If you follow machine learning topics in the news, I am sure by now you would have come across Andrej Karpathy‘s blog post on The Unreasonable Effectiveness of Recurrent Neural Networks. Apart from the post itself, I have found it very fascinating to read about the diverse applications that its readers have found for it. Since then I have spent several hours hacking with different machine learning models to compose tabla rhythms:
— Gaurav Trivedi (@trivedigaurav) May 26, 2015
Although Tabla does not have a standardized musical notation that is accepted by all, it does have a language based on the ‘bols’ (literally, verbalize in English) or the sounds of the strokes played on it. These ‘bols’ may be expressed in written form which when pronounced in Indian languages sound similar to the drums. For example, the ‘theka’ for the commonly used 16-beat cycle – Teental is written as follows:
Dha | Dhin | Dhin | Dha | Dha | Dhin | Dhin | Dha | Dha | Tin | Tin | Ta | Ta | Dhin | Dhin | Dha
For this task, I made use of Abhijit Patait‘s software – TaalMala, which provides a GUI environment for composing Tabla rhythms by writing them out in this language. The bols can then be synthesized to produce the sound of the drum. In his software, Abhijit extended the tabla language to make it easier for users to compose tabla rhythms by adding a square brackets after each bol that specify the number of beats within which it must be played. You could also lay more emphasis on a particular bol by adding ‘+’ symbols which increased their intensity when synthesized to sound. Variations of standard bols can be defined as well based on different the hand strokes used:
Dha1 = Na + First Closed then Open Ge
Now that we are armed with this background knowledge, it is easy to see how we may attempt to learn tabla like a standard Natural Language Processing language model. Predictive modeling of tabla has been previously explored in "N-gram modeling of tabla sequences using variable-length hidden Markov models for improvisation and composition" (Avinash Sastry, 2011). But, I was not able to access the datasets used in the study and had to rely on the compositions that came with the TaalMala software. This is comparatively a much smaller database than what you would otherwise use to train a neural network: It comprises of 207 rhythms with 6,840 bols in all. I trained a char-rnn and sampled some compositions after priming it with different seed text such as “Dha”, “Na” etc. Given below is a minute long composition sampled from my network. We can see that not only the network has learned the TaalMala notation but it has also understood some common phrases used in compositions such as the occurrence of the phrase “TiRa KiTa“, repetitions of “Tun Na” etc.:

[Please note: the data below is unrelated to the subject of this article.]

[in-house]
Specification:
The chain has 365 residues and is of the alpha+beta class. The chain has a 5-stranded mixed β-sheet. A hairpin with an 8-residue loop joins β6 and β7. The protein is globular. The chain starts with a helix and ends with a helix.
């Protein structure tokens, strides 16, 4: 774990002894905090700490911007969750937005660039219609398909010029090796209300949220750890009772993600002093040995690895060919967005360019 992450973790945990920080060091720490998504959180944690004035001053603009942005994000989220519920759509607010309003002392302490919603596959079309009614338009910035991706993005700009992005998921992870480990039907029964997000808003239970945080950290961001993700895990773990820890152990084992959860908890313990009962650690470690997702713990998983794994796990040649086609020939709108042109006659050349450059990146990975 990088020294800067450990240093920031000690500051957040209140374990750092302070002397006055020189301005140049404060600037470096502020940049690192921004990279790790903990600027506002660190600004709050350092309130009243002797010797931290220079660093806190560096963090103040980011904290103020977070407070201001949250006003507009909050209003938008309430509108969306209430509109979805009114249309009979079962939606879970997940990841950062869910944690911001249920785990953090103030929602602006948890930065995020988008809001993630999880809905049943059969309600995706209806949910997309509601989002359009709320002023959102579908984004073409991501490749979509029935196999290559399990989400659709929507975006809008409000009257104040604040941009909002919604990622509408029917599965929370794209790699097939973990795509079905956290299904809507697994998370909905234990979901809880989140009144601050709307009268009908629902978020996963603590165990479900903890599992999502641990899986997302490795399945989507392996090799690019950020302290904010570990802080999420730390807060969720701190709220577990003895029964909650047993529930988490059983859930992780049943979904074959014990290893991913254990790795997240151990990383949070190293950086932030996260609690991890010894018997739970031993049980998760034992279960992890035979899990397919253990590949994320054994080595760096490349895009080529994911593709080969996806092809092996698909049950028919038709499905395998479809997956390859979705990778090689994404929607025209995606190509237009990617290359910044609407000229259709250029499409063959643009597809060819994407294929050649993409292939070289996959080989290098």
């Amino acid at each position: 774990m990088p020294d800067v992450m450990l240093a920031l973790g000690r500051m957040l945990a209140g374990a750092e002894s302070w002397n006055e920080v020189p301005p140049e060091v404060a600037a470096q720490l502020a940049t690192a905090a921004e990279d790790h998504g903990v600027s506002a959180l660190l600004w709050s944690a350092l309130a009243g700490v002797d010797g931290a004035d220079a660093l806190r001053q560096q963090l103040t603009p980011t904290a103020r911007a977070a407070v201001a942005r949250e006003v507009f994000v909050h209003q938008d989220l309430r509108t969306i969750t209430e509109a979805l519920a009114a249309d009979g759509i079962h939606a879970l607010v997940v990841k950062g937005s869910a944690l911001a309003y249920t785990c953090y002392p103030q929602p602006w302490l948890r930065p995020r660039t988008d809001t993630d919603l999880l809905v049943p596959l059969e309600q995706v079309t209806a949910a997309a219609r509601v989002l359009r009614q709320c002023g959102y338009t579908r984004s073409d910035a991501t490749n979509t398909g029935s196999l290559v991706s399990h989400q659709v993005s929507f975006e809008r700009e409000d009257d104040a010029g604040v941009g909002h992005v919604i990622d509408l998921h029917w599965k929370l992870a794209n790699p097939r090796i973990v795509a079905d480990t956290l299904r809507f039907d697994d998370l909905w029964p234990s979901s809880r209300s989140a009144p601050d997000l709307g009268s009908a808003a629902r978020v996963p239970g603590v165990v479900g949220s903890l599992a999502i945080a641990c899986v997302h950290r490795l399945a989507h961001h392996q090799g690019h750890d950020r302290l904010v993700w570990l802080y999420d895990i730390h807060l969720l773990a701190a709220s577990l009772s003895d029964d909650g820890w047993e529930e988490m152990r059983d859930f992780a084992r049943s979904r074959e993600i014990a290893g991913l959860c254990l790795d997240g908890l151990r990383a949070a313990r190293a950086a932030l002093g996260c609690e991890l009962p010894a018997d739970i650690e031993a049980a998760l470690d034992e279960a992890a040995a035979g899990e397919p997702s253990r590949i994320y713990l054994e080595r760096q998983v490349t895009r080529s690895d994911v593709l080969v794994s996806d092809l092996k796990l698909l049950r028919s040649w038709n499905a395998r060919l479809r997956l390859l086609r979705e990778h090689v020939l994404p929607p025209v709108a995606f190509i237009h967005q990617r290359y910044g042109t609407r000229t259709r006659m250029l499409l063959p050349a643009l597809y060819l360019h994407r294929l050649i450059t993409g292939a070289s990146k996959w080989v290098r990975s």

Ti [0.50] | Ra | Ki | Te | Dha [0.50] | Ti [0.25] | Ra | Ki | Ta | Tun [0.50] | Na | Dhin | Na | Tun | Na | Tun | Na | Dha | Dhet | Dha | Dhet | Dha | Dha | Tun | Na | Dha | Tun | Na | Ti | Na | Dha | Ti | Te | Ki | Ti | Dha [0.50] | Ti [0.25] | Ra | Ki | Te | Dhin [0.50] | Dhin | Dhin | Dha | Ge | Ne | Dha | Dha | Tun | Na | Ti [0.25] | Ra | Ki | Ta | Dha [0.50] | Ti [0.25] | Ra | Ki | Te | Dha [1.00] | Ti | Dha | Ti [0.25] | Ra | Ki | Te | Dha [0.50] | Dhet | Dhin | Dha | Tun | Na | Ti [0.25] | Ra | Ki | Ta | Dha [0.50] | Ti [0.25] | Ra | Ki | Te | Ti | Ka | Tra [0.50] | Ti | Ti | Te | Na [0.50] | Ki [0.50] | Dhin [0.13] | Ta | Ti [0.25] | Ra | Ki | Te | Tra | Ka | Ti [0.25] | Ra | Ki | Te | Dhin [0.50] | Na [0.25] | Ti [0.25] | Ra | Ki | Te | Tra | Ka | Dha [0.34] | Ti [0.25] | Ra | Ki | Ta | Tra | Ka | Tra [0.50] | Ki [0.50] | Tun [0.50] | Dha [0.50] | Ti [0.25] | Ra | Ki | Ta | Tra | Ka | Ta | Te | Ti | Ta | Kat | Ti | Dha | Ge | Na | Dha | Ti [0.25] | Ra | Ki | Te | Dha [0.50] | Dhin | Dhin | Dhin | Dha | Tun | Na | Ti | Na | Ki | Ta | Dha [0.50] | Dha | Ti [0.50] | Ra | Ki | Te | Tun [0.50] | Tra [0.25] | Ti [0.25] | Ra | Ki | Te | Tun | Ka | Ti [0.25] | Ra | Ki | Te | Dha [0.50] | Ki [0.25] | Ti | Dha | Ti | Ta | Dha | Ti | Dha [0.50] | Ti | Na | Dha | Ti [0.25] | Ra | Ki | Te | Dhin [0.50] | Na | Ti [0.25] | Ra | Ki | Te | Tra | Ka | Dha [0.50] | Ti [0.50] | Ra | Ki | Te | Tun [0.50] | Na | Ki [0.25] | Te | Dha | Ki | Dha [0.50] | Ti [0.25] | Ra | Ki | Te | Dha [0.50] | Ti [0.25] | Ra | Ki | Te | Dha [0.50] | Tun | Ti [0.25] | Ra | Ki | Te | Dhin [0.50] | Na | Ti [0.25] | Te | Dha | Ki [0.25] | Te | Ki | Te | Dhin [0.50] | Dhin | Dhin | Dhin | Dha | Dha | Tun | Na | Na | Na | Ti [0.25] | Ra | Ki | Ta | Ta | Ka | Dhe [0.50] | Ti [0.25] | Ra | Ki | Te | Ti | Re | Ki | Te | Dha [0.50] | Ti | Dha | Ge | Na | Dha | Ti [0.25] | Ra | Ki | Te | Ti | Te | Ti | Te | Ti | Te | Dha [0.50] | Ti [0.25] | Te | Ra | Ki | Te | Dha [0.50] | Ki | Te | Dha | Ti [0.25]